Much Love to your dear one,


    • Yes, he’s great, he got a children’s book about Thanksgiving published with is really good too. Mutually exclusive, yes, I think that’s one where when I hear it used I understand but I don’t necessarily use it myself – I think it means they cannot, but because it’s usually paired with “not”, like “these two things are not mutually exclusive” then it changes the meaning to can, and thus the confusion!


  20. Oh, yes! I think Mike has rendered you perfectly. 😀

    I could never be so organized about this process. But I try not to throw caution to the wind completely, or else I will use words like “render” too freely and make bacon fat of myself. So perhaps I should adopt a word rendering program…oh, dear…sizzle sizzle


    • Mike’s so clever with his drawings isn’t he, like even though you can only see the top of my head and my fingers, you can still get the sense of a personality coming through!

      I don’t think I was really aware of having this organised process for words until I started writing this post, which started out just to be about the hidden, or more subtle, meaning of words, and then realised I had this process and so the slant of the post ended up being more about the holding zone.


      • Yes, his style is distinctive and highly insightful. 😀

        Personally, I like that fact that you allowed the muse to lead you astray. This is far more interesting because you touched on your own human foible rather than turning it into a very general post of the subtle meanings of words.


  21. The things you get me thinking about! I love seeing what you’ll post about next because I know it will be entertaining, fun, education, intriguing—and never polemic. I wish I could have thought of a way to work more of your new words into that sentence. 😉

    I think I keep new words in a holding queue like you do, waiting until I’m comfortable with them so that they’ll sound natural. Recently, though, I surprised myself by using “Dude” with a younger colleague. It’s not a word I use often because its current form really belongs to a younger generation. You could see the surprise in her eyes when she heard it from me!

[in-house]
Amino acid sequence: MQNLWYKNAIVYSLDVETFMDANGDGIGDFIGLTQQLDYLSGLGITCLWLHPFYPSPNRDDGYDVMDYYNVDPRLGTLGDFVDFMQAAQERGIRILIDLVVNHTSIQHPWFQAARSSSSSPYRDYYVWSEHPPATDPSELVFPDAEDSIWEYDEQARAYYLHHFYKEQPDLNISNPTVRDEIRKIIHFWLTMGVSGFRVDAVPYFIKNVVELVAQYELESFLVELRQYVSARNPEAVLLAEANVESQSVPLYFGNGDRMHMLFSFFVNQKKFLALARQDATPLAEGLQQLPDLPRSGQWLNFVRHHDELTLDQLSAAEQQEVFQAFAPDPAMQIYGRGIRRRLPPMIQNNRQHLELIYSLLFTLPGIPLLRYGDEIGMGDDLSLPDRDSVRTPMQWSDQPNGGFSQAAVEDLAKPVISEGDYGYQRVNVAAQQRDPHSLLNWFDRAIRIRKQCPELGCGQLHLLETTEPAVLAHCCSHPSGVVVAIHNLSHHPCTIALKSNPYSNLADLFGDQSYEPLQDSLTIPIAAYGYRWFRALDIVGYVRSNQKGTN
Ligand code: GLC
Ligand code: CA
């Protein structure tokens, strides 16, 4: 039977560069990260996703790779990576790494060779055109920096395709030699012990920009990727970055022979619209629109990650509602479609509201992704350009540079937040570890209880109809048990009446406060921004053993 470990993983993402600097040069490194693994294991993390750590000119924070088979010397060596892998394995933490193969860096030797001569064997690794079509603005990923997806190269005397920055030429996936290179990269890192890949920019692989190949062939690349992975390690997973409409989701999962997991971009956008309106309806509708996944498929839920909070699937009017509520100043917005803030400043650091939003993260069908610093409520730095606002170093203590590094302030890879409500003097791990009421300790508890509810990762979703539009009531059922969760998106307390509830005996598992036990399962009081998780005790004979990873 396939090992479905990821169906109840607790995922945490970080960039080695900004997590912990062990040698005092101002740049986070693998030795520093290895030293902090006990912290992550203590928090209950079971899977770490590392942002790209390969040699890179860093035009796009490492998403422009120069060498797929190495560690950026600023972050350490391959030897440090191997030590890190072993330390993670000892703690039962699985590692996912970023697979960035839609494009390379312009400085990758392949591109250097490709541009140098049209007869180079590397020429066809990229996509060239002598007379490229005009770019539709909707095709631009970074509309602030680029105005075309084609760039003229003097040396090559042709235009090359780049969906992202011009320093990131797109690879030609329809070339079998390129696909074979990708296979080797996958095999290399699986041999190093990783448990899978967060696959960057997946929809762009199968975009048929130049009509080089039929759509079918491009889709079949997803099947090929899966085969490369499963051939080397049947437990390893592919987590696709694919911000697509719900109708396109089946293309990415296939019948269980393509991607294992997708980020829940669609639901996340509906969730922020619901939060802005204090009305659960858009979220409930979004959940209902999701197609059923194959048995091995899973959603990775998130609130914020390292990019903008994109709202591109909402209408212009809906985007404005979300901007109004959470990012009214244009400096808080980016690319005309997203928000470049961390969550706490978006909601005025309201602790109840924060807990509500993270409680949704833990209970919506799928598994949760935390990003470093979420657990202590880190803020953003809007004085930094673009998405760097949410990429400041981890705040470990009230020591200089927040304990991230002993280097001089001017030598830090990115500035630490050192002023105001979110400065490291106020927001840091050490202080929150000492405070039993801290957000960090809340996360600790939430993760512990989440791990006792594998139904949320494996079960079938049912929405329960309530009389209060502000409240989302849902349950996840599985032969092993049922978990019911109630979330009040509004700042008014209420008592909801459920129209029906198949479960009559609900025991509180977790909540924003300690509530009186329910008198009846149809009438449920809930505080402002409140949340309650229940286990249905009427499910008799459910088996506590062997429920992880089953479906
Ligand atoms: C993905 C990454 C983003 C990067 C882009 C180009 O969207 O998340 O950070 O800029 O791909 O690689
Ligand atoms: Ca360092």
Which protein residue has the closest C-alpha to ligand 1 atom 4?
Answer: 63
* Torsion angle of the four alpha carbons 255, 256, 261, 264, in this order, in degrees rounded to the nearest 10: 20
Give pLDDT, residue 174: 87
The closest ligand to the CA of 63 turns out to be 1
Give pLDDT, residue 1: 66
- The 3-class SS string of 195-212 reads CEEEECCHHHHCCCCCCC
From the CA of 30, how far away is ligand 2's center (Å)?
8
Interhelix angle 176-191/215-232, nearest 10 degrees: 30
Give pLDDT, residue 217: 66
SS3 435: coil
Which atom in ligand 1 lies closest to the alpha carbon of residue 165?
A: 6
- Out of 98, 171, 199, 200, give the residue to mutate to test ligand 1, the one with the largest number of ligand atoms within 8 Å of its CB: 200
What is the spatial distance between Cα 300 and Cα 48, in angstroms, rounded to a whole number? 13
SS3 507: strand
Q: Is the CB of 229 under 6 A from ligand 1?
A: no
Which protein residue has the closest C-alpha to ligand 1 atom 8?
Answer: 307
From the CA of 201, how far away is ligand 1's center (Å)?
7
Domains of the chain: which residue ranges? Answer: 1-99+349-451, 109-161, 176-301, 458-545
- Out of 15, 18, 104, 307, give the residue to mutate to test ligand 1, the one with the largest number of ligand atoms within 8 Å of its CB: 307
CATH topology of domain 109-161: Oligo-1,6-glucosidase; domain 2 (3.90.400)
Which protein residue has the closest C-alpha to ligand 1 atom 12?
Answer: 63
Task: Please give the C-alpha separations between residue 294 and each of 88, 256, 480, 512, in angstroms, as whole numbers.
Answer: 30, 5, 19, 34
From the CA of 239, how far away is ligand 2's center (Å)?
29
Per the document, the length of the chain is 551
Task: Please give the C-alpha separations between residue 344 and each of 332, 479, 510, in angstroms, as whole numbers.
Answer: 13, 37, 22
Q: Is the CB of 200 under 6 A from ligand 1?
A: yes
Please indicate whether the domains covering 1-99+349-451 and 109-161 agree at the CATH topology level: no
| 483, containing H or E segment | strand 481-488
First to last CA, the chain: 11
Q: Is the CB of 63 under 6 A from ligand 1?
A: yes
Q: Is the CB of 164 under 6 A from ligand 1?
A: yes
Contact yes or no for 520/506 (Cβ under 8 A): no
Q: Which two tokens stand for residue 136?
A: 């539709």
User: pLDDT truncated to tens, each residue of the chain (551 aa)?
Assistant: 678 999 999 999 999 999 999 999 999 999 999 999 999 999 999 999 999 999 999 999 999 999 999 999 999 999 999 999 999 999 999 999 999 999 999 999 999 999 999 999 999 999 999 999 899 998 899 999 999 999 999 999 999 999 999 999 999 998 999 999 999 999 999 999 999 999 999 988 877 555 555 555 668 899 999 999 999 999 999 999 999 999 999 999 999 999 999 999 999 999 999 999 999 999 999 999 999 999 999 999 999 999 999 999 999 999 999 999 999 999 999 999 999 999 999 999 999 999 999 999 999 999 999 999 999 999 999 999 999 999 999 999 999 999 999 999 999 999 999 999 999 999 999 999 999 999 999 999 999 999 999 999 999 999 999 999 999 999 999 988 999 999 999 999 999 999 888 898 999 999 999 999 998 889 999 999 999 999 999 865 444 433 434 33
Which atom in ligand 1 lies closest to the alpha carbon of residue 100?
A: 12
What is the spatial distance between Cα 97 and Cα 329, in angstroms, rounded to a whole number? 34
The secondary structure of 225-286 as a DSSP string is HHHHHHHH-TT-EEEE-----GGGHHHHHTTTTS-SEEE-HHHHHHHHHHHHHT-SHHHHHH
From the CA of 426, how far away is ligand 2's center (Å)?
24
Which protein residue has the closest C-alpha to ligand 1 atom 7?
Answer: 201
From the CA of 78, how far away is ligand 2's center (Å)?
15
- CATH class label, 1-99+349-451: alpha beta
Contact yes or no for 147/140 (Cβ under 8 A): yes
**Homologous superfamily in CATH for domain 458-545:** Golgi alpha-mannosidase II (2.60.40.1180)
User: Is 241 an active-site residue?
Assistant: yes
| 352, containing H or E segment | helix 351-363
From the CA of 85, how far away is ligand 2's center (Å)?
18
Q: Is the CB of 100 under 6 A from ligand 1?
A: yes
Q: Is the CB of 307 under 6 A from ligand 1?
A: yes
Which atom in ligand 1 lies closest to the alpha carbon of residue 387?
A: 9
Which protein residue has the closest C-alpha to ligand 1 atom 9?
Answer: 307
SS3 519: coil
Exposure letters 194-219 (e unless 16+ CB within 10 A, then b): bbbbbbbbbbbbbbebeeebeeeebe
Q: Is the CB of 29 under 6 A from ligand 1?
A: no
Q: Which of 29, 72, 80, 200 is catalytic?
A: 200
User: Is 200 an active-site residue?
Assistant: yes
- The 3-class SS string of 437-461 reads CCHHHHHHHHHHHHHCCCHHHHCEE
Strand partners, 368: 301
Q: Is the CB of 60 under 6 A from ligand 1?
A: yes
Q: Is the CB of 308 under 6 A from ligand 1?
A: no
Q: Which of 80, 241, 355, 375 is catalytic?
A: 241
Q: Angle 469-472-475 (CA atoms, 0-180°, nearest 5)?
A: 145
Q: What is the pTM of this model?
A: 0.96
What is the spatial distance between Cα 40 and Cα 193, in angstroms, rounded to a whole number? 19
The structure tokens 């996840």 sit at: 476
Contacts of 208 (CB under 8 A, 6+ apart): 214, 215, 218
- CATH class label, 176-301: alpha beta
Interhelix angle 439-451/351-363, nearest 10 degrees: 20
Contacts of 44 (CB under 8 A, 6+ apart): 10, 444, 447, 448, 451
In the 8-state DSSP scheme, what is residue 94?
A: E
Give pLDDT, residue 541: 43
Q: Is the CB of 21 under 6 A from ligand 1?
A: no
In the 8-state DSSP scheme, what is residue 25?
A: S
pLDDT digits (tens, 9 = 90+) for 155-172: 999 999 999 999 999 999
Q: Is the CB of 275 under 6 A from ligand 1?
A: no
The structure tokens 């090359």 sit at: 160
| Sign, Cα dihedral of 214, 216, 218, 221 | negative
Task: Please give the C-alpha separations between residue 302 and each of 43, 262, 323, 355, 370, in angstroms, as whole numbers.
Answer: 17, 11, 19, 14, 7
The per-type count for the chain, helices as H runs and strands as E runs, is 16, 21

• Thank you, that’s nice to hear!

      I’m interested to see you use the word “queue”, I thought only us brits used that word! Are you just trying to impress me with your vocabulary? 😉 That “dude” thing is making me smile, it doesn’t sound like much of a you word. My daughter usually shakes her head and sighs if I try and use a younger person’s word, it’s fun to do though!


      • I’m not sure how queue ended up in my vocabulary. It is used occasionally here in the US, but I think in limited cases. But growing up, I read a lot of English mysteries, and watched many a British-imported comedy on PBS. That may have influenced me. 😉

        And you are so right. “Dude” is not normally something anyone would hear from me. My brain must have decided it was the right time and place, though!


  22. Kourtney Heintz

    For me the biggest problem with new words is pronunciation. I can spell them, but I never say them right.


    • Oops, nearly missed this comment! Yes, that can be the problem with slipping them in can’t it, and then it is of no importance whether you are using them right in terms of meaning, all that is noticed is the mispronunciation!


  23. Ooo…. Reification is a new word for me, I like.

    I tend to not realize I’ve acquired new words until they slip out while I’m writing a sentence and I have to pause and be like “hmm… what IS that?” Then I turn on private browsing because I’m embarrassed to be googling simple words, look up the definition, and am pleased to see I used it in context. Weird how that works.

    Also: Love the doodle from Mike! I’m jealous 😉


    • Oh I always do this, move on to the next post and end up leaving a comment or two unanswered at the bottom of a previous post – naughty Vanessa! Reification is nice isn’t it, it’s nice to say.

      So for you, words just slip through your assessment processes unnoticed, and end up in proper use, excellent!

      I was jealous I didn’t have a Mike doodle for a long time, so be patient 🙂


  24. Since I haven’t always done so, I try to make sure I really understand the definition and can use the word correctly. And I don’t learn words that I’ll never actually use. Don’t want to waste the brain space… 🙂



    • Hi Dani – that’s a good point about not bothering to learn words that won’t get used, I think I sometimes get excited about a new word when I like it, but actually it might be one that I’ll never have a use for. As you say, why waste brain space!